Even then, “roughly calculating, (Onicx) ‘leaves about $2 million on the table’ over the 15 years, all 15 units should qualify as affordable housing.”

The proposed deal includes 10 years of tax increment financing (TIF) that reduces 80% of property taxes in the first five years, a 60% abatement of property taxes for years six through 10 and waives up to to $736,000 in impact fee permit credits.

The ARC has been planning to develop the Oak Street plot since 2015. In 2018, a private developer expressed interest in developing the site as a “dense urban multi-family residential project with the potential to incorporate some mixed-use elements” .

ARC began soliciting submissions in March 2019 for the project. A selection committee chose the plan from Tampa-based Catalyst Asset Management Inc. over the one submitted by Lakeland’s Broadway Real Estate Services.

Catalyst’s 2019 proposal called for a six-story structure with 173 apartments, 38 of which would be reserved for affordable housing. Their proposal also included 10,000 square feet for retail and a four-story parking garage. But after a year of negotiations, Catalyst pulled out of the project in September 2020, citing COVID impacts and “investor apprehension.”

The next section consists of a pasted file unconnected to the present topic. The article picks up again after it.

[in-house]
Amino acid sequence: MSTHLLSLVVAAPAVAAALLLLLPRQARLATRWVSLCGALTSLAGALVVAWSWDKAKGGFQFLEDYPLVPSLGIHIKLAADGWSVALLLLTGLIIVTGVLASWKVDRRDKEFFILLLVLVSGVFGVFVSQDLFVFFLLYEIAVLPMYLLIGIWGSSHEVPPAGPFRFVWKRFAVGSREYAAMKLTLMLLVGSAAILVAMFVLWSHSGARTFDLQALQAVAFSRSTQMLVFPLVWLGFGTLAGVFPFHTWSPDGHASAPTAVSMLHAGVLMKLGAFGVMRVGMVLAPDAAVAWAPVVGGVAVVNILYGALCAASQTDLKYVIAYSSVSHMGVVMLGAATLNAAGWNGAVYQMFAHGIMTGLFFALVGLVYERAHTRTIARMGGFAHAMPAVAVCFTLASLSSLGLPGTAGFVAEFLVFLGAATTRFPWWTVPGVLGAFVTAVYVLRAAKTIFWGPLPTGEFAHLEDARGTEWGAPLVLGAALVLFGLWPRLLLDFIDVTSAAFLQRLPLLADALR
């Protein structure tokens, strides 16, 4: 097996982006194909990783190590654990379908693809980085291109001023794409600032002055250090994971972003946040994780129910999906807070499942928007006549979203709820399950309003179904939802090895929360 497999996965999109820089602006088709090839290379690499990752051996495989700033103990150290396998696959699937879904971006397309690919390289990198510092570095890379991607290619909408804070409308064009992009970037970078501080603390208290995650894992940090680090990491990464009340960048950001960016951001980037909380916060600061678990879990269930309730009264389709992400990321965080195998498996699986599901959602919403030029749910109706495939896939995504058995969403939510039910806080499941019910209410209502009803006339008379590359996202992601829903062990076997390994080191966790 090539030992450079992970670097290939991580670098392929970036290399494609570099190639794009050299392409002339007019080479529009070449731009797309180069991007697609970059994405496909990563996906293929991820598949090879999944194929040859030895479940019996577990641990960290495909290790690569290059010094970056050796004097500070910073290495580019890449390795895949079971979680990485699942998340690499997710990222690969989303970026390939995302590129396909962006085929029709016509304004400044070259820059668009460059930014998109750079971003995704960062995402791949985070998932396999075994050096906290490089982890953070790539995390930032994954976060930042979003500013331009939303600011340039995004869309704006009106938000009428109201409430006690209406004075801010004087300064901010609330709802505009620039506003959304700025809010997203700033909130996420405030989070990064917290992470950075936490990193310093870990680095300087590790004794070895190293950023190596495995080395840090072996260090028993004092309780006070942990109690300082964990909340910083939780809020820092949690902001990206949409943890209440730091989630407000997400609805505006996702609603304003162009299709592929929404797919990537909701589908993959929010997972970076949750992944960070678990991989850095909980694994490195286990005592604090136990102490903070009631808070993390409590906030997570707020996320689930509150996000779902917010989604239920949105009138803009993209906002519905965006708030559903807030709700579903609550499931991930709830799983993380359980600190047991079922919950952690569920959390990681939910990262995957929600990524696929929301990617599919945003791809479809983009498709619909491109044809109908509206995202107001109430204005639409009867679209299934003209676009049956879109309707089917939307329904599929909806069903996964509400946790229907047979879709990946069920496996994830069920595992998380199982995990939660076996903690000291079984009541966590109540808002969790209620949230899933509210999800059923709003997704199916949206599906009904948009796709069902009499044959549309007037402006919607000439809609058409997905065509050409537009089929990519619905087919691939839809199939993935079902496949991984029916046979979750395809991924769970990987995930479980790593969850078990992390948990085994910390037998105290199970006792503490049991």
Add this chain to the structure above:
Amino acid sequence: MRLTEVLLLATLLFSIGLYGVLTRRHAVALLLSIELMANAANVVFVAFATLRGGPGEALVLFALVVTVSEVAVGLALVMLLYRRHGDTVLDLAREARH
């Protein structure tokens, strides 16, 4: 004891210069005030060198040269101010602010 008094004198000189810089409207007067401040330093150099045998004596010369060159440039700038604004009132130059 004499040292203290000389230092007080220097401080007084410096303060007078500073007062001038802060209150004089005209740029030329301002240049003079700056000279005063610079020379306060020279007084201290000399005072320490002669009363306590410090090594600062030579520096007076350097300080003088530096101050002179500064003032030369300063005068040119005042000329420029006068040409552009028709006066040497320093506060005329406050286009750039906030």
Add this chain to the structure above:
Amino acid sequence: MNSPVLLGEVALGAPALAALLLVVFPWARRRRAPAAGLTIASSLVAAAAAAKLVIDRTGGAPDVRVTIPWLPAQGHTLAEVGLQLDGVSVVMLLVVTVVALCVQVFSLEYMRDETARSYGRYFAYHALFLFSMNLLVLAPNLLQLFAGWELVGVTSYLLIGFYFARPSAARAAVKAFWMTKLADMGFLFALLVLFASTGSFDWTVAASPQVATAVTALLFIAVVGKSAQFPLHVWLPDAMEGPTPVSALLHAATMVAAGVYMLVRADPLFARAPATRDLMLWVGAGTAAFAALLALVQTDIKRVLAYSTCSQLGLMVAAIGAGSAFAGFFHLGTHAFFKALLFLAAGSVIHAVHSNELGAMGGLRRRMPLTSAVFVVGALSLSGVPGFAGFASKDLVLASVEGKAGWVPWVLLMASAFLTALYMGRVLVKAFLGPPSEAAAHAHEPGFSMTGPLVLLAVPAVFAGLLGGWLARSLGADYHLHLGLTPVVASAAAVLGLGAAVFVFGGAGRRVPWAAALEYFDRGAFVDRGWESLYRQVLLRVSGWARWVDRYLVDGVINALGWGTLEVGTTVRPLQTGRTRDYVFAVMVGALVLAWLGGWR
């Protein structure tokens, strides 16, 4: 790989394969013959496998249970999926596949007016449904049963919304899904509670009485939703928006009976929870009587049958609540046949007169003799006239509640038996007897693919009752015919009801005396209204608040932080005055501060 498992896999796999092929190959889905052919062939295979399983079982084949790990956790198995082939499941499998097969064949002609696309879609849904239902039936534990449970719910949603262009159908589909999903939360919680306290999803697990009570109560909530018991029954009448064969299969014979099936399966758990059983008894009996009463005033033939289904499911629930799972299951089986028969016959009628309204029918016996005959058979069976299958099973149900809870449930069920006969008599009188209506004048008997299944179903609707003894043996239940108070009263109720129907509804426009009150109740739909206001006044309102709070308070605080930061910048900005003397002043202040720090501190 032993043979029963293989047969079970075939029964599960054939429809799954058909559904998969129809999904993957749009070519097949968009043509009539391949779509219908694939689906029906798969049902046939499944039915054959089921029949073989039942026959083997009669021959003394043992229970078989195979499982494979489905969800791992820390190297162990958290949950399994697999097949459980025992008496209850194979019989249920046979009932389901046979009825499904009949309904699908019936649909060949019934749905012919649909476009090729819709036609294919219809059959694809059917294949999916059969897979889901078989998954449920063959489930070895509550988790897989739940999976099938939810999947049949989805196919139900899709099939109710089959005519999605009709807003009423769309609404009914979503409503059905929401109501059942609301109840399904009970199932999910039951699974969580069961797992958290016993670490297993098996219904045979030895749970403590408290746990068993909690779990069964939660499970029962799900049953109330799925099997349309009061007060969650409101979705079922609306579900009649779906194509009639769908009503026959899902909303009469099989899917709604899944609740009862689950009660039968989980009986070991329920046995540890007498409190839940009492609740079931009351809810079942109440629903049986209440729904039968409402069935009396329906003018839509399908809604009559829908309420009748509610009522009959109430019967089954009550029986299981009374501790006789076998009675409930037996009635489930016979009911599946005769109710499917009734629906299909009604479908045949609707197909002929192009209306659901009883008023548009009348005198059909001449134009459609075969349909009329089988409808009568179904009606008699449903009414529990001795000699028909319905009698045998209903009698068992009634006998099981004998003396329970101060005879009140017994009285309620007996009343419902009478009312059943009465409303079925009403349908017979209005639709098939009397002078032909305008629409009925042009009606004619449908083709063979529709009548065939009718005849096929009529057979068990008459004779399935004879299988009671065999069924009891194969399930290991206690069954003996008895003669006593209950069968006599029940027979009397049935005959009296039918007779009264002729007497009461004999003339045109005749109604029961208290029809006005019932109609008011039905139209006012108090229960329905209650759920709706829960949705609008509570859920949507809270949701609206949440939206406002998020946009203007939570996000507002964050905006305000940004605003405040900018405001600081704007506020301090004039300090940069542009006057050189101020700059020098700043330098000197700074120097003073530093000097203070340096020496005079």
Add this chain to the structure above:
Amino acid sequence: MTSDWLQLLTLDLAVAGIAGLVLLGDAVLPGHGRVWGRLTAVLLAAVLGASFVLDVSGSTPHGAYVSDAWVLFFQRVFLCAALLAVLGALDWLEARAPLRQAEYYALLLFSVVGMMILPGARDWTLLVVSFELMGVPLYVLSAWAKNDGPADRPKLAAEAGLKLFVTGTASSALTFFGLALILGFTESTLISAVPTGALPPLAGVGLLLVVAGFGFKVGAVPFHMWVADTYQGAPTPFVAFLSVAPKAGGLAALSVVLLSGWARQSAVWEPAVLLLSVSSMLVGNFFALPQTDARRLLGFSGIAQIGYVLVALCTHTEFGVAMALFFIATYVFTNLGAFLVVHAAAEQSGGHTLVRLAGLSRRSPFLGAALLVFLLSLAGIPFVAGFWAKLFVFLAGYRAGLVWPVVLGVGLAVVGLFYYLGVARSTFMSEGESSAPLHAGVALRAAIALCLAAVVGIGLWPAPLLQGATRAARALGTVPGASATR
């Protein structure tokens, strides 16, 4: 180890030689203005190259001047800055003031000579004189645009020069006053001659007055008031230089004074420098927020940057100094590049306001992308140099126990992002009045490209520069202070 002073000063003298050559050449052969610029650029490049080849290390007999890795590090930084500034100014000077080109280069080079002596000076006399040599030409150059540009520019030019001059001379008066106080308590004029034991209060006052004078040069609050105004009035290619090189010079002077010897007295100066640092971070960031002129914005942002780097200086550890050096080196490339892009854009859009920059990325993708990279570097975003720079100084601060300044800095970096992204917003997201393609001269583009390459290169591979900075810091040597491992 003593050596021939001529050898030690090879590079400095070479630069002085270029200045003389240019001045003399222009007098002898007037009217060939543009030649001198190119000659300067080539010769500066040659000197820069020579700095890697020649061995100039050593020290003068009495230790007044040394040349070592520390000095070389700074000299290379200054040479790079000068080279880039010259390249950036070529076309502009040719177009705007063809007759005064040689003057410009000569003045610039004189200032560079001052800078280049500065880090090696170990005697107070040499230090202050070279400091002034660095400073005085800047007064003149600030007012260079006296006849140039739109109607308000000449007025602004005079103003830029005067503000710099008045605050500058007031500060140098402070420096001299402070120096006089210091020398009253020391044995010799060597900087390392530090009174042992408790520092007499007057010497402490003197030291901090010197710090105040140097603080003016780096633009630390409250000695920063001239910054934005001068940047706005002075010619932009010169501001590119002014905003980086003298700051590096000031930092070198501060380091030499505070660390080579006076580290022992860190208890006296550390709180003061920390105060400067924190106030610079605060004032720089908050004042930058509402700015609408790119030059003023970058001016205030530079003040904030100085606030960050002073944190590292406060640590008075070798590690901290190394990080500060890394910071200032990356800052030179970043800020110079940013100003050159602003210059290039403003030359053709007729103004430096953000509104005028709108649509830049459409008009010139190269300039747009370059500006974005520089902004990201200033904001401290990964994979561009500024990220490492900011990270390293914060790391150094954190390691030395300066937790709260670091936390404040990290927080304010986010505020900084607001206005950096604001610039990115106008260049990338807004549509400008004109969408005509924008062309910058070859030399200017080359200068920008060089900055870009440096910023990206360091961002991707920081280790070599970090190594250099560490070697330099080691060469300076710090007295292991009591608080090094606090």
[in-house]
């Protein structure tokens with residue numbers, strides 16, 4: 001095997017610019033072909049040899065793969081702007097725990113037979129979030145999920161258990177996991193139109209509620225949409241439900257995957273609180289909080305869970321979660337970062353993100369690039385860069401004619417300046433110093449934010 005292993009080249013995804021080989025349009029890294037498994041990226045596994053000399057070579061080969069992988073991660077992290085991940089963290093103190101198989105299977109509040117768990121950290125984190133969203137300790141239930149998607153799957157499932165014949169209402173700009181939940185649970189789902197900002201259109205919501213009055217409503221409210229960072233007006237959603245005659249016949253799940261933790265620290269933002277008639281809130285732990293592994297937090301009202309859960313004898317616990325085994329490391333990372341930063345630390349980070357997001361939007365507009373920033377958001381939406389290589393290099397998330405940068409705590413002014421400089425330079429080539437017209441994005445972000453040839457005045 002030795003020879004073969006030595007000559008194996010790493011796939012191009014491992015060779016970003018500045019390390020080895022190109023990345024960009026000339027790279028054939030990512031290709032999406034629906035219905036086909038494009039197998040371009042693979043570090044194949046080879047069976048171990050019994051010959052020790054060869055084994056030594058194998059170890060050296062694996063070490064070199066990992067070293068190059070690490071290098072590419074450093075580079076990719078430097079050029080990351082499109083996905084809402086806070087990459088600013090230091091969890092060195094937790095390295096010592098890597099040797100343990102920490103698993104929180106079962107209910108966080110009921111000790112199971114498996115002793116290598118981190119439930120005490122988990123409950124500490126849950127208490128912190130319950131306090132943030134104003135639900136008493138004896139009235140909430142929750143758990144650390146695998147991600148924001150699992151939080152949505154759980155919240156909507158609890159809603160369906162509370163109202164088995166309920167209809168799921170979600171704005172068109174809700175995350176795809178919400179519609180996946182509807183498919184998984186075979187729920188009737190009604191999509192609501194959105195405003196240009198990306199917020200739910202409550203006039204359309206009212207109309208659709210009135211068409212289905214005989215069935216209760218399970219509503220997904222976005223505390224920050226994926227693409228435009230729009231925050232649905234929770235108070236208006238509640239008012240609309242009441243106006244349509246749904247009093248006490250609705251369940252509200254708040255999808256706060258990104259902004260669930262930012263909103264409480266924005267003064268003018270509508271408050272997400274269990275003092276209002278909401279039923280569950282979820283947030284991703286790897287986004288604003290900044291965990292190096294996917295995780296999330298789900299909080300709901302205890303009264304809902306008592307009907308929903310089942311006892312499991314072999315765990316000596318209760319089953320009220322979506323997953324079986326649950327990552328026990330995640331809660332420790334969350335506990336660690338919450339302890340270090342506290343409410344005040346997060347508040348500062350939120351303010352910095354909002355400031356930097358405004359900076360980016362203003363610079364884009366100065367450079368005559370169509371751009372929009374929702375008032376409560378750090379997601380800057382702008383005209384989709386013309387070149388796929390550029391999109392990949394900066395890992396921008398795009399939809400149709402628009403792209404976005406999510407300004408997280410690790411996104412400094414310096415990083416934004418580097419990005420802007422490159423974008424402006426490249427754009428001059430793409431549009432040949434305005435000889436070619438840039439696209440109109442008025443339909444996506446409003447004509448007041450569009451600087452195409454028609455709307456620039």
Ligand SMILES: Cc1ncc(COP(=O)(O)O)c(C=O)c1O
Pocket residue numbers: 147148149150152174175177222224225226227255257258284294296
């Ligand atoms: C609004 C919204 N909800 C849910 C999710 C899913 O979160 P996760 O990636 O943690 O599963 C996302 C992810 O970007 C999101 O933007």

ARC solicited a new round of bids in July 2021. The selection committee unanimously chose the plan submitted by Onicx Group. At its October 18 meeting, the city commission agreed and agreed to begin negotiations with a deadline to seal the deal within six months — no later than April.

An October development document submitted by Onicx lists potential monthly rents for apartments at market price at $1,196 for a studio, $1,350 for a T1, $1,932 for a T2 and $2,100 for a T2. .

Comparing rates to downtown competitors Mirrorton, eBay and The Gardens, the document notes: “Given the superior location and design type of 200 Oak Street compared to current market offerings, we have chose to set rents slightly higher than those of the competition.

Onicx Group has completed over $500 million in real estate projects over the past five years, with over 900 multi-family units in mixed-use projects currently under development. Projects in the area include the Marriott Residence Inn Downtown Winter Haven.

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Parking garage

Old Town Automated Parking Returns to City Review | ALXnow

Parking garage for 116 South Henry Street, image via City of Alexandria

Two years after plans for converting 116 South Henry Street into an automated parking garage were first submitted for city review, the garage is resubmitted to the Board of Architectural Review on Thursday, May 5 with some changes in mind.